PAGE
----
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Sydney’s leafy northern suburbs were a bastion of Christian conservatism in the 1970s, but the Roberts family was always a little different. If having lots of children, pets and parties made them stick out, then a mum with a procession of live-in lovers had the neighbours wondering if this mob had mistaken Beecroft for Lesbos.
Despite the climate of the times, Toby’s parents were able to reach a very bohemian understanding – his dancer mother was free to find love in the arms of younger women, while his doctor father was free to drink and pretend it wasn’t happening.
Growing up a middle child of four, Toby loved his mother’s girlfriends as if they were older siblings. But when his mum fell for Caro, everything changed. It’s hard enough when your mum and dad divorce, and you move into a new home with two mums – harder still, when one of those mums challenges your masculinity by flogging you in tennis and lifting weights that would give you a hernia.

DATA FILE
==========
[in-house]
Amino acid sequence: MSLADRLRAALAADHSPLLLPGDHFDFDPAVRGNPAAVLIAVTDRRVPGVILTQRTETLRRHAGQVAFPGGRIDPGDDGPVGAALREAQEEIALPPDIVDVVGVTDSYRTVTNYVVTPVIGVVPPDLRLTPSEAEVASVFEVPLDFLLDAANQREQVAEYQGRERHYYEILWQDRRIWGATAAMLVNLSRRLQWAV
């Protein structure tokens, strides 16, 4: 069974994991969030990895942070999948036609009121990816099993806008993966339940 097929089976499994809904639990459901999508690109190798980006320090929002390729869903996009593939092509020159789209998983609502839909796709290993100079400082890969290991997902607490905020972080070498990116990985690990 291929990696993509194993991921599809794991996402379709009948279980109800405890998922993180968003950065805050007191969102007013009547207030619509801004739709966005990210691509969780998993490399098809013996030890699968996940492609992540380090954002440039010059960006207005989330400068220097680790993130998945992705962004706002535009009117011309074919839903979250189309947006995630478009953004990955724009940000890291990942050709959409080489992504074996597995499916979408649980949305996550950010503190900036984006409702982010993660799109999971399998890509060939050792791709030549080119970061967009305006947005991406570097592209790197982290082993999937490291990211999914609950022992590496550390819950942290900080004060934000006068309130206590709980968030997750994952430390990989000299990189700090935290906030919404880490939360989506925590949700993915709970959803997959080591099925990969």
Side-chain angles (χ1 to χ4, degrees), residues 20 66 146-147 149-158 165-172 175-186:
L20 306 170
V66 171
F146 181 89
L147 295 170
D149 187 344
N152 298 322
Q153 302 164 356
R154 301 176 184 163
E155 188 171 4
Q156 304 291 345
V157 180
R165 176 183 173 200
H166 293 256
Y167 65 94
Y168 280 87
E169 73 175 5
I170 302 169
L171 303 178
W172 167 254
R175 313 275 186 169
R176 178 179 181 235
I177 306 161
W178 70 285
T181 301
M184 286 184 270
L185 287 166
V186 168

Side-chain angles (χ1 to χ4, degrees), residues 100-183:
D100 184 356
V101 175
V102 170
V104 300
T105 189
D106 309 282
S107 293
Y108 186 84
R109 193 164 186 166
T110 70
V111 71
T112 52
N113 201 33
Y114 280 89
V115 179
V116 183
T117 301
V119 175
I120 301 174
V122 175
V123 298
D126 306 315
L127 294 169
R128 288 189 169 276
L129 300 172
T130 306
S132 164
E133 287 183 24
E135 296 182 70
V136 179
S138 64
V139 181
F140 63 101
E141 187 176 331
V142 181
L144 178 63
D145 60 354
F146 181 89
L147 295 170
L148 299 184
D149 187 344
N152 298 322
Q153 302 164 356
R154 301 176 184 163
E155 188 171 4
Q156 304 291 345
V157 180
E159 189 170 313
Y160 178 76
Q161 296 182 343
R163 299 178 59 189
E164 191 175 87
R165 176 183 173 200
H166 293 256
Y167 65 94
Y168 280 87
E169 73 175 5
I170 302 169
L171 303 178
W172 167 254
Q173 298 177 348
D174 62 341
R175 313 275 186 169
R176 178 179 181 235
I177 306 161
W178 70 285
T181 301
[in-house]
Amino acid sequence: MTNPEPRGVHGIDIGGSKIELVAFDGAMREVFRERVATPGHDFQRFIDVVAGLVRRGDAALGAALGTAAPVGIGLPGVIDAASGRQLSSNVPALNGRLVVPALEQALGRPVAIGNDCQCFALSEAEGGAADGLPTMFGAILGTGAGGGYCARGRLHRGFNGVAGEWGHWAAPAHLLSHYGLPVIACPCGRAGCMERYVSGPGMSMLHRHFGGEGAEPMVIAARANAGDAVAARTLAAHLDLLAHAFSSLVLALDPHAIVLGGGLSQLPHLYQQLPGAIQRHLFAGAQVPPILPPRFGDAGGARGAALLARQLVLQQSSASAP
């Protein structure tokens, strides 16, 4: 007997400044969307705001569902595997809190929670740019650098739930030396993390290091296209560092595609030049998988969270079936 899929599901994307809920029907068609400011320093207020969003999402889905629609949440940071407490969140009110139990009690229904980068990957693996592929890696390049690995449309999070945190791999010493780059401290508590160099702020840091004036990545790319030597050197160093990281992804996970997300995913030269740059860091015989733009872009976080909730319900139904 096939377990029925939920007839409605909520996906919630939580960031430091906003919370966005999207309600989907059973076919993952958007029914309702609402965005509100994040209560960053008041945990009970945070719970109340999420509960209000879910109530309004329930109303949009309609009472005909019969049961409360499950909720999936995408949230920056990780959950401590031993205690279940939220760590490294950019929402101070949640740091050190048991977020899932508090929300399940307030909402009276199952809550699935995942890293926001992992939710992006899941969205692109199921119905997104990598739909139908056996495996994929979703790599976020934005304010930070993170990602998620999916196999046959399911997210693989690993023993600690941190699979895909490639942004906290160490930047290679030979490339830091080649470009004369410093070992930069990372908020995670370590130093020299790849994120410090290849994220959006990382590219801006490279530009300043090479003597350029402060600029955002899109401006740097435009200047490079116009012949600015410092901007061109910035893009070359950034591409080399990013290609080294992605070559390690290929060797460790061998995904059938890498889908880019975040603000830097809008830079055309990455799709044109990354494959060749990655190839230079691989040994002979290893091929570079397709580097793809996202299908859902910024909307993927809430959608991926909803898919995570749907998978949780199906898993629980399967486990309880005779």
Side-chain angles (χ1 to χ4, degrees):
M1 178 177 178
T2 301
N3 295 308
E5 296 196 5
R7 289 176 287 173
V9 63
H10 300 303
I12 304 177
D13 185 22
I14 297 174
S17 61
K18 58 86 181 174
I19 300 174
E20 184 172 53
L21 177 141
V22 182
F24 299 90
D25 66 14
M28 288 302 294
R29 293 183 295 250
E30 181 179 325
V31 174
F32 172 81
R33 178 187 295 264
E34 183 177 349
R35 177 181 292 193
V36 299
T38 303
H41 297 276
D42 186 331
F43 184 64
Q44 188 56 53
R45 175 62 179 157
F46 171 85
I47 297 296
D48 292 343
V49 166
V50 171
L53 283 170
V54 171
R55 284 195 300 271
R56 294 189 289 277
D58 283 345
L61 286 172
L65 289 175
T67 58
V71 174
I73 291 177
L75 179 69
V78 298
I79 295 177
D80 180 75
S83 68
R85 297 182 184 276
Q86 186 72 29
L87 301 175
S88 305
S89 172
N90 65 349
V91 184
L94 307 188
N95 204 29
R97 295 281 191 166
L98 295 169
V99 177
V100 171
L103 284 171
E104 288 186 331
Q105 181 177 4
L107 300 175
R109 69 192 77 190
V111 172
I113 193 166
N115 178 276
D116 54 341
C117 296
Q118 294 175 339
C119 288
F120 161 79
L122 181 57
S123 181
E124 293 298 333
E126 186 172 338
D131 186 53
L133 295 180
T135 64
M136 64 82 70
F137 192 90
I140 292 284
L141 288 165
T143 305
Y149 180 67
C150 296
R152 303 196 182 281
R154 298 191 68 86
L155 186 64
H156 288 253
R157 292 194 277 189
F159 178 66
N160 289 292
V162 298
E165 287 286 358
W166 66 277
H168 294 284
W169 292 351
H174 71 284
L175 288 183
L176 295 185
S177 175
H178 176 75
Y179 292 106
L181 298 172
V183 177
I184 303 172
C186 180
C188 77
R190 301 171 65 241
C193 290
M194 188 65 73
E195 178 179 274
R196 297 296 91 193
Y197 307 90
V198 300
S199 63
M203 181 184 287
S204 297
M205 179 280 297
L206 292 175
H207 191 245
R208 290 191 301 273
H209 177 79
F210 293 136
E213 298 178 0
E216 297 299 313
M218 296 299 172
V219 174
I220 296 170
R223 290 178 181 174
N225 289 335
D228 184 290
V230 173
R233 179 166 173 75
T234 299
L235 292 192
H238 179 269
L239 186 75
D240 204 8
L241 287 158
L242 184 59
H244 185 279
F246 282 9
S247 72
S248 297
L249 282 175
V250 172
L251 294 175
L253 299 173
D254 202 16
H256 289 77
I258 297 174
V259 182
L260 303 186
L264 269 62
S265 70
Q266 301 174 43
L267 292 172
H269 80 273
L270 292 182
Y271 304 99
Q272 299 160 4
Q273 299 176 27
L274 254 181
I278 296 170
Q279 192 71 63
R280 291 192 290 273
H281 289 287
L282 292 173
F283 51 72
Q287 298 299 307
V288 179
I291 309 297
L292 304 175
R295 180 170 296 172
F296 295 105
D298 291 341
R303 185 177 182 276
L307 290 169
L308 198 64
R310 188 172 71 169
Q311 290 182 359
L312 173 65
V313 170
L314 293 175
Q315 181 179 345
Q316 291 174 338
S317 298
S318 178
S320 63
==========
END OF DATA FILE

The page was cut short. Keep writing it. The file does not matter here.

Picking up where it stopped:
To make matters worse, Toby had just started high school at a Christian college where Mum’s spiky hair and long trousers weren’t welcome.
The usual insecurities about finding acceptance in high school go up a notch or two when you’re a weedy violinist and your two mothers keep kissing in public.
This delightful coming of age memoir explores the angst of puberty, school, sport and bad 80s fashion. Beneath the humour and quirky characters, reminiscent of Netflix’s Sex Education series and just as awkwardly funny, lies a deeper reminder of the human need to pursue more authentic lives, and the capacity for people to surprise us by accepting love in all its forms.
Over time, the bravery and decency of Toby’s two mums wins admirers and supporters in unlikely places, from rugby-playing school boys to deeply religious stay-at-home mums. Even Toby learns to see the value in his embarrassing childhood…
Author: Toby Roberts
Paperback Published 1 June 2021